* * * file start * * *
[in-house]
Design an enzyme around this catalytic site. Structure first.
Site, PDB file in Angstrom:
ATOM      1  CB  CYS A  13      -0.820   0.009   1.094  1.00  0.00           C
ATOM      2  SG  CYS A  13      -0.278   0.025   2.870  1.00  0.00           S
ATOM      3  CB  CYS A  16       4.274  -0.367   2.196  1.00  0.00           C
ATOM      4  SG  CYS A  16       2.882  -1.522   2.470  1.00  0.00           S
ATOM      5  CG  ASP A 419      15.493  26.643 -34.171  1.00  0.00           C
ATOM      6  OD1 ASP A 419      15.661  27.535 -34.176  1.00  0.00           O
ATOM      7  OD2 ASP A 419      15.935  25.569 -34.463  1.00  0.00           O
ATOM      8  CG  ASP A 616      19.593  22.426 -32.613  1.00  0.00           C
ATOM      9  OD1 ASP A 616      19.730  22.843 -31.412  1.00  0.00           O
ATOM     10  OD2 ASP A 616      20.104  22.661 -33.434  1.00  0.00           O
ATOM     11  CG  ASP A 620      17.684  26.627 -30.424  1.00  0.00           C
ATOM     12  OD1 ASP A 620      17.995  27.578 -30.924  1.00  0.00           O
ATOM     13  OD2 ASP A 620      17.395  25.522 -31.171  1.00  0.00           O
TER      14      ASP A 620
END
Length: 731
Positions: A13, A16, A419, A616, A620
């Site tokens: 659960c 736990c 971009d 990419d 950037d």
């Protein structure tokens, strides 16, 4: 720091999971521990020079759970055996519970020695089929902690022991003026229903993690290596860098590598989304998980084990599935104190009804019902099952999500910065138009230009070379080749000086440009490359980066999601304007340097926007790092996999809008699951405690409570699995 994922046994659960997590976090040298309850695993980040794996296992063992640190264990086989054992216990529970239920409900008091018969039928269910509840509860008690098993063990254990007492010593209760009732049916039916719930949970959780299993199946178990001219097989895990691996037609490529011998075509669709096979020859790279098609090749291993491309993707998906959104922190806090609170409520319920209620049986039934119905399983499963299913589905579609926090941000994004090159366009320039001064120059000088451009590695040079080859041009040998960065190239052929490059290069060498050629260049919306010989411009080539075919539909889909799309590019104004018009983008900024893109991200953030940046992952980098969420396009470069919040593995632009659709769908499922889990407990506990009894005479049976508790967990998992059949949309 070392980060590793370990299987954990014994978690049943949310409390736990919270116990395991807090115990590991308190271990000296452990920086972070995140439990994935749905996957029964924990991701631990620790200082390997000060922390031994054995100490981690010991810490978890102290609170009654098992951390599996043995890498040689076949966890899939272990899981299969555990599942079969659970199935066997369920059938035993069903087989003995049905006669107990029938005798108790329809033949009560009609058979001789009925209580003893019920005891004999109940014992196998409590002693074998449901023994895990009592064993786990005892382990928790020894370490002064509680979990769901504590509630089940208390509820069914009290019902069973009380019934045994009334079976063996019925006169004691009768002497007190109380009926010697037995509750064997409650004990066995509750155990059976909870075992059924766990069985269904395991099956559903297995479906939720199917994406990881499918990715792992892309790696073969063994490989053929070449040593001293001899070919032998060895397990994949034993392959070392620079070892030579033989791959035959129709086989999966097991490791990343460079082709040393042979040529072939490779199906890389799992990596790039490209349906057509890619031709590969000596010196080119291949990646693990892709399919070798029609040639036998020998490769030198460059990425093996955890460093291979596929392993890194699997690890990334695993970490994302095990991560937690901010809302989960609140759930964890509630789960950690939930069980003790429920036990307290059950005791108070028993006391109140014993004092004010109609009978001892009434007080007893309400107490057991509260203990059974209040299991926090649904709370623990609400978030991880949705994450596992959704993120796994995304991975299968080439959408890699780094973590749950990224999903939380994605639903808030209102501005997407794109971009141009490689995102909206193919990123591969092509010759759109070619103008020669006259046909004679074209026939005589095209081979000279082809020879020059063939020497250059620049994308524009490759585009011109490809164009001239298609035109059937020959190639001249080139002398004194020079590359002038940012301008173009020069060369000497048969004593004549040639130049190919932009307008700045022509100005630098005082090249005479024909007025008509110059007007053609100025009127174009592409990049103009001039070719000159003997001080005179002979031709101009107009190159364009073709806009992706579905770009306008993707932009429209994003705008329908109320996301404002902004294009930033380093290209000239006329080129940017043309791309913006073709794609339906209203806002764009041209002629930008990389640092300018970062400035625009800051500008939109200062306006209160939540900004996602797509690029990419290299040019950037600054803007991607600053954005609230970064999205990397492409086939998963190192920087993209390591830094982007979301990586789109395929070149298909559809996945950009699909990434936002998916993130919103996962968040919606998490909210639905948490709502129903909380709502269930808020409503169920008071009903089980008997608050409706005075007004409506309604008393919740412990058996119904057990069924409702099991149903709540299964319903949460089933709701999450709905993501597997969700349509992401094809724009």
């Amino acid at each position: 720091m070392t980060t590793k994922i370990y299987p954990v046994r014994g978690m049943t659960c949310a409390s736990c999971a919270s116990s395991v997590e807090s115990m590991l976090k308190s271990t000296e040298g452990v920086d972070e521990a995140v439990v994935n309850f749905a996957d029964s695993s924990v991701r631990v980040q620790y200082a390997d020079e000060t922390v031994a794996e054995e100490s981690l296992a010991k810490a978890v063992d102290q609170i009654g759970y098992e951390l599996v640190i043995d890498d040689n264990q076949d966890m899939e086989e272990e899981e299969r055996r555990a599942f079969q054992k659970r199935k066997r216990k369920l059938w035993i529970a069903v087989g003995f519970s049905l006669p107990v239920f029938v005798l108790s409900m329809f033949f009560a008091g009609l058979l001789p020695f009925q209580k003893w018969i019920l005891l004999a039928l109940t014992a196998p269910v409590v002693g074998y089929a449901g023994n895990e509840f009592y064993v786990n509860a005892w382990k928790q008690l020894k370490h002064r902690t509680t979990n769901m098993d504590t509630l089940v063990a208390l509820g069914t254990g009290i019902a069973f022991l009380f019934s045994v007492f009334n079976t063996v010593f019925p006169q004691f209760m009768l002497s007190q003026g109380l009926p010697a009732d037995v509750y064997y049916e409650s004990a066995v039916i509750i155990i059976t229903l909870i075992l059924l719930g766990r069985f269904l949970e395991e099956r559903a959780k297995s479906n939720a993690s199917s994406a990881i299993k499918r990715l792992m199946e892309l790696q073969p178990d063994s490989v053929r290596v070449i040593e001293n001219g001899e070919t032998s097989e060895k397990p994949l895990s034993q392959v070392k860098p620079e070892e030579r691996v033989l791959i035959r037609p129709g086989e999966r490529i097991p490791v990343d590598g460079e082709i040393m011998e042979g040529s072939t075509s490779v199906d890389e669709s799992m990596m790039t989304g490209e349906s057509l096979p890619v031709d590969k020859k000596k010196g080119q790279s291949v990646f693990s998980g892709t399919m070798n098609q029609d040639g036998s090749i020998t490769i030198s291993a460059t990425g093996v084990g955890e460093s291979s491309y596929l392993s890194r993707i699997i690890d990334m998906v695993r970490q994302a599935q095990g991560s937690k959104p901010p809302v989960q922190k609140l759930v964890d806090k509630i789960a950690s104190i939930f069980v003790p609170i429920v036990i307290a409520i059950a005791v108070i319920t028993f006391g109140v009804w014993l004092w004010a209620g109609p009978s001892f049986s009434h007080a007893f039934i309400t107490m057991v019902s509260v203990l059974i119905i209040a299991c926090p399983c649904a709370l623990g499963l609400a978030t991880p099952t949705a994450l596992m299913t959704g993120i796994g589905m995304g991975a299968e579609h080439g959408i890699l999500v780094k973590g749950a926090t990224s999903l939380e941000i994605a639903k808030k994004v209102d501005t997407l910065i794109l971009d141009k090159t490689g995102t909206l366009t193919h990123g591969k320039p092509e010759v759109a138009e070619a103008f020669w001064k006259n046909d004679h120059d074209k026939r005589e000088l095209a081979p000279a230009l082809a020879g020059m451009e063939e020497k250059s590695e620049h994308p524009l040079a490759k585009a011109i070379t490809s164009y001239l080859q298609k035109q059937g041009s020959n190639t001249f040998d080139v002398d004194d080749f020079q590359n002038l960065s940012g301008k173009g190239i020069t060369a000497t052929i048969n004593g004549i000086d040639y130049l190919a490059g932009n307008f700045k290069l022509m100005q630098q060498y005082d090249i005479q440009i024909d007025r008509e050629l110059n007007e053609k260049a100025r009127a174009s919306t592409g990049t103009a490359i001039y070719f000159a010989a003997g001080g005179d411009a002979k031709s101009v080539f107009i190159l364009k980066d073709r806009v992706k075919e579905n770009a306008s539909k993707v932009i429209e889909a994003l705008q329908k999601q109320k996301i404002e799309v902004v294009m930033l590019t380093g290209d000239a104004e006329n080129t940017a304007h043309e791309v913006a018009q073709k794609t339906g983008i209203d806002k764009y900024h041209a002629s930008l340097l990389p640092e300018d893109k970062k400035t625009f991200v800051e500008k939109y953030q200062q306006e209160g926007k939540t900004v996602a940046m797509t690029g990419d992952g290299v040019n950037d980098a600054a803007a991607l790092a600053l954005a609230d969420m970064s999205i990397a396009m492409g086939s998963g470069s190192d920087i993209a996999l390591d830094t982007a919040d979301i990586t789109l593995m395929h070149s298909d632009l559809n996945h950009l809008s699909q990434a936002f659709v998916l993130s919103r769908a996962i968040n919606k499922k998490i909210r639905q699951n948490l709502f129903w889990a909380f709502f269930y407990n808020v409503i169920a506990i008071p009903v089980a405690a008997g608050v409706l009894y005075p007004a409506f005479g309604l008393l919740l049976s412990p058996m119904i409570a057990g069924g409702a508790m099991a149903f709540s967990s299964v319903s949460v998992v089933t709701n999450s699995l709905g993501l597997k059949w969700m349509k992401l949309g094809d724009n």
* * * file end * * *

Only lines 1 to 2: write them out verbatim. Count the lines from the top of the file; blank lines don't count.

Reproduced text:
[in-house]
Design an enzyme around this catalytic site. Structure first.